Former Contractor Arrested After Hacking Grainger Inventory Servers

A former information technology contractor has been arrested by the FBI for allegedly hacking into the Grainger's computer servers multiple times in 2016.

A statement U.S. Attorney's Office for the Northern District of Illinois Thursday said that Edward Soybel, 34, illegally accessed Grainger's servers at its Lake Forest, IL headquarters on several occasions during July 2016, intentionally damaging Grainger's automated inventory management program. An indictment in Chicago federal court stated the program operates Grainger's on-site dispensing machines and has approximately 18,000 U.S. customers.

Soybel was employed as a technical support contractor at Grainger's facility in Niles, IL until his termination in early 2016.

The indictment charges Chicago-resident Soybel with 10 counts of intentionally causing damage to protected computers, one count of attempting to cause damage to protected computers, and one count of attempting to access a protected computer without authorization.

According to the attorney's office, Soybel was arrested Wednesday morning and remained in federal custody as of Thursday's statement. He pleaguiltyot guity to the charges during an arraignment Wednesday afternoon. A status hearing was set for Thursday afternoon.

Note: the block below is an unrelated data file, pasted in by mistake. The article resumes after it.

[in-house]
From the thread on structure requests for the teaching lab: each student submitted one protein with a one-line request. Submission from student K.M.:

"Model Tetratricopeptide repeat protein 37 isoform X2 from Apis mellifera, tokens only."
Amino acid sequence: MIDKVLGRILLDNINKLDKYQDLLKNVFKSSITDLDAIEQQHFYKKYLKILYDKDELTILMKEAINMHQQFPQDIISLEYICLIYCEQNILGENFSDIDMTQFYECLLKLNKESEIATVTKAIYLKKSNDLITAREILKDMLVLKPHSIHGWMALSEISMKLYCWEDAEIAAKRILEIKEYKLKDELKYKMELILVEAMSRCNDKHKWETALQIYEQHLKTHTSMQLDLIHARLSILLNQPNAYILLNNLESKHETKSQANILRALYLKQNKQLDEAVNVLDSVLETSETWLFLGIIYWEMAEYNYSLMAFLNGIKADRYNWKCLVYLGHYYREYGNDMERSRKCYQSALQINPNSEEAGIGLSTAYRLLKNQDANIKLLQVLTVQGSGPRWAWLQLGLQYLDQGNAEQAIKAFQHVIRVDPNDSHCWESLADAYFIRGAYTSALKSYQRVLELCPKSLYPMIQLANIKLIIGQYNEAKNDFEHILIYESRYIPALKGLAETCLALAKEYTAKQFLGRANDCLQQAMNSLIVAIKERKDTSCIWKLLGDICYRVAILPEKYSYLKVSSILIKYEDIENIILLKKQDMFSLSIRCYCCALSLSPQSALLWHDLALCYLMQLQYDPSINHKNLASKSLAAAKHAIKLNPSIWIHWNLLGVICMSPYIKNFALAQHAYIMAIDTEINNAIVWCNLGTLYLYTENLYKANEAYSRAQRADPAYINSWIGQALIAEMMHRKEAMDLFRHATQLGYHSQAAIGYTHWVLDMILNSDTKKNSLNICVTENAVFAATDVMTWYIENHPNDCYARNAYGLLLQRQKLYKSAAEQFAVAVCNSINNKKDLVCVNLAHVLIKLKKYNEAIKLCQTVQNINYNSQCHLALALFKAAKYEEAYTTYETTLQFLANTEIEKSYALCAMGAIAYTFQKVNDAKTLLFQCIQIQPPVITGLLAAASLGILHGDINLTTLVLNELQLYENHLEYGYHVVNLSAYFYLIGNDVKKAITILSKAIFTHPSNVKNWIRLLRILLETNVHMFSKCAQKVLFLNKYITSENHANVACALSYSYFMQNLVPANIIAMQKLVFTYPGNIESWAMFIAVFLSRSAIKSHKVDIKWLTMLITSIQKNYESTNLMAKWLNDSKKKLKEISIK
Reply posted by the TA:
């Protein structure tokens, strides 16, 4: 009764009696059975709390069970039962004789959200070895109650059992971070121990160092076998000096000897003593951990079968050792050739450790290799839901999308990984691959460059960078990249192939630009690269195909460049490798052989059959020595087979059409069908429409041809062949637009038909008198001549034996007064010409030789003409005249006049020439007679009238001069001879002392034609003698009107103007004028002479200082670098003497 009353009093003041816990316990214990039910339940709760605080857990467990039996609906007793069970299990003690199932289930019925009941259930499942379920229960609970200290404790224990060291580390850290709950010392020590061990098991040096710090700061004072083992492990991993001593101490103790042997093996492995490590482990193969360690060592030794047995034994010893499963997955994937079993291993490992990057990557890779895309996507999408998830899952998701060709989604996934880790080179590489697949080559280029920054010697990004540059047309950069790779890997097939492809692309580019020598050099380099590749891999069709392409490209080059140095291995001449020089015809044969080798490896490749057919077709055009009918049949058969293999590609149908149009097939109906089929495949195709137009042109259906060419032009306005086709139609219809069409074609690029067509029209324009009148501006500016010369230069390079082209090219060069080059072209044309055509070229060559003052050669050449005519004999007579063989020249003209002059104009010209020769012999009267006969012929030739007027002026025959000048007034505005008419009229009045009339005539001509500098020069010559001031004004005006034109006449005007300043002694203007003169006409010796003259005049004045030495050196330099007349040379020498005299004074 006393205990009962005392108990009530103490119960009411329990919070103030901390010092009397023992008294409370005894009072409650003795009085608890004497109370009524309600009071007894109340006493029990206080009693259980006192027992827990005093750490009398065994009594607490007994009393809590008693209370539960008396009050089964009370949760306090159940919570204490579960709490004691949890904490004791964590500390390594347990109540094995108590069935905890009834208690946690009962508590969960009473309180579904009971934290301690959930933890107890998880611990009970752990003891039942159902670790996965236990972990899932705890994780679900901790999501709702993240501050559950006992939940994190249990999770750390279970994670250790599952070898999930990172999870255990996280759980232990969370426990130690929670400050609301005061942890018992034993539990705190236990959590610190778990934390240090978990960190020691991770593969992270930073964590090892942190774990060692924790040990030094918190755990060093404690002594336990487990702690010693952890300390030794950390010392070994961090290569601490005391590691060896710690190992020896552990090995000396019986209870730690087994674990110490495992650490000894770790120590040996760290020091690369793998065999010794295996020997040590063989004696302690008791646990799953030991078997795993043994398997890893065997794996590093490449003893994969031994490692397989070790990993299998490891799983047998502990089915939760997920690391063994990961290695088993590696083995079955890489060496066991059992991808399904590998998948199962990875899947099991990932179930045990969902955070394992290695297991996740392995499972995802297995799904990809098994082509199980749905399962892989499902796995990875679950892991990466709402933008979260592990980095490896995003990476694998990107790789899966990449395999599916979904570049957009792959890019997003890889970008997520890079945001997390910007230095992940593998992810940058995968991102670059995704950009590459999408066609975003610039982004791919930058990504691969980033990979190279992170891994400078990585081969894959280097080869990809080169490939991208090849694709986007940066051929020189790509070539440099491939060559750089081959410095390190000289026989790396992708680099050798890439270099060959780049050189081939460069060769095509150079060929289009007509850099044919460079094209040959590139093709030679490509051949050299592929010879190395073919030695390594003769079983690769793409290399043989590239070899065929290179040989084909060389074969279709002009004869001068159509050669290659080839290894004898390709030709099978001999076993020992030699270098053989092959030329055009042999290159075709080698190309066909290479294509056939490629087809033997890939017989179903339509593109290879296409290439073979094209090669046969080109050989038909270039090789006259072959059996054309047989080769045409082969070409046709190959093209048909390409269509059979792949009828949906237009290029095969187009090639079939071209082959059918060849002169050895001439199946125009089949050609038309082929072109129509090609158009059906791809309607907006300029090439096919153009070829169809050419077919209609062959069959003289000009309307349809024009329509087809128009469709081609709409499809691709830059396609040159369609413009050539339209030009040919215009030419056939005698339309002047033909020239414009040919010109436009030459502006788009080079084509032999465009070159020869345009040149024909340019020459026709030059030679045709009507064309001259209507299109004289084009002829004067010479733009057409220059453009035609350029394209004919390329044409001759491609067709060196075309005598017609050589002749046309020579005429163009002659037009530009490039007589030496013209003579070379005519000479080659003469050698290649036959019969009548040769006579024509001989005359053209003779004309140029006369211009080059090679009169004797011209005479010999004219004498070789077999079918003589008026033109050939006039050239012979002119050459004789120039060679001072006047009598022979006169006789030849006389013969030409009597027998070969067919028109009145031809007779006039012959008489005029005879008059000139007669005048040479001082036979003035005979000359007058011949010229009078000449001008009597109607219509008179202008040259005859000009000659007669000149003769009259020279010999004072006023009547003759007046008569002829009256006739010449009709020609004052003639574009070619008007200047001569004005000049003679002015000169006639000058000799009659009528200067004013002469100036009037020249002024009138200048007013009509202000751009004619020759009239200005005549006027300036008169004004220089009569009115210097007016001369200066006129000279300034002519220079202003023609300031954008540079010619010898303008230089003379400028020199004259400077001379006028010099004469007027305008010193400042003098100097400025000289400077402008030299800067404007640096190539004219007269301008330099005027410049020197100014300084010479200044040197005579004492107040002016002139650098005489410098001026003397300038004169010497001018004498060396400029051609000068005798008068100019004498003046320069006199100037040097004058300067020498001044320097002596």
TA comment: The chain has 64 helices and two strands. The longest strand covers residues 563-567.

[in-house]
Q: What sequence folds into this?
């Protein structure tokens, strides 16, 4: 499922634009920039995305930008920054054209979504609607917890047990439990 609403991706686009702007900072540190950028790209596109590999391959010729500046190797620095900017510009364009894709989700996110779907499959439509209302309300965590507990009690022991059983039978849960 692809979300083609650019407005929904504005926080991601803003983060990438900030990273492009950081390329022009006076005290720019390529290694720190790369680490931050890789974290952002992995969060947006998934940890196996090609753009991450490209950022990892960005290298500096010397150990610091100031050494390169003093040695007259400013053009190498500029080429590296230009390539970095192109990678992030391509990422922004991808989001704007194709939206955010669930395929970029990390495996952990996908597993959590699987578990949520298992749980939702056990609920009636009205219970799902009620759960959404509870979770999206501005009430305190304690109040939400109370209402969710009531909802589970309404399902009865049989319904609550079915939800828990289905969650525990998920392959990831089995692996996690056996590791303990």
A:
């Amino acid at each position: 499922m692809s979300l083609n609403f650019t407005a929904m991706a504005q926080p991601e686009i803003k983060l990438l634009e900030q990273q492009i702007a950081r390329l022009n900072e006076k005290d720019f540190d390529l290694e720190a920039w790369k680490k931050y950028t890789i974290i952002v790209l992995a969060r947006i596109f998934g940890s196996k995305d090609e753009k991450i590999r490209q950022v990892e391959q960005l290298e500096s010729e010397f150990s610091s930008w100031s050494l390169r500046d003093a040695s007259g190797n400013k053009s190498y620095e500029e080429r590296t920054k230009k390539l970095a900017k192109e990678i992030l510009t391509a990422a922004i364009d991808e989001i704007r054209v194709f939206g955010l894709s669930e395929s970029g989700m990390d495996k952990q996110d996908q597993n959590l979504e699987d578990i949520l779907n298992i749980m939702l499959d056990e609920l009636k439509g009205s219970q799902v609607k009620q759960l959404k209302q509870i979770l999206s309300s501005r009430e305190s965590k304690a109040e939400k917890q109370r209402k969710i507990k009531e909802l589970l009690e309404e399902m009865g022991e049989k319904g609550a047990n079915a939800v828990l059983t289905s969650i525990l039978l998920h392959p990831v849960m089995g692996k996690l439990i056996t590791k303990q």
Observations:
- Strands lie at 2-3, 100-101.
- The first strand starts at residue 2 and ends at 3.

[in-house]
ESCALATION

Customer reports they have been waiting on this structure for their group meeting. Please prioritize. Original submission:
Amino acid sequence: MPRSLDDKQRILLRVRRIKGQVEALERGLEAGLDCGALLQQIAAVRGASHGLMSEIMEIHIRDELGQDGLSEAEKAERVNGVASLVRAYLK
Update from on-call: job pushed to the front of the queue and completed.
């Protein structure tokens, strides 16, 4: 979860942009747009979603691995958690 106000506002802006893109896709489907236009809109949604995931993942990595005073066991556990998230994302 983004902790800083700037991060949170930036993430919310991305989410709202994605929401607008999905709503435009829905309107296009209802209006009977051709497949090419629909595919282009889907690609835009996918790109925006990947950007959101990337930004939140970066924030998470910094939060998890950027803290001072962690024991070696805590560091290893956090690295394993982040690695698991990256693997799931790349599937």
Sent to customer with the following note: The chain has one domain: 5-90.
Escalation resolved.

Soybel was arrested Wednesday morning and he remains in federal custody.  He pleaded not guilty to the charges during a Wednesday afternoon arraignment before U.S. District Judge Matthew F. Kennelly in Chicago. A status hearing is set for 1:30 p.m. today before Judge Kennelly.

The indictment says Grainger maintained computer servers for its on-site machines in Niles. Soybel worked at the facility as a contractor from November 2014 to February 2016, upon which his server access was deactivated. He then hacked the servers multiple times that following July.

The attorney's office statement says intentionally causing damage to protected computers and attempting to cause damage are each punishable by up to 10 years in prison, while attempting to access a protected computer without authorization is punishable by up to one year.

Grainger — the largest MRO products distributor in the U.S. — is No. 2 on Industrial Distribution's Big 50 List.

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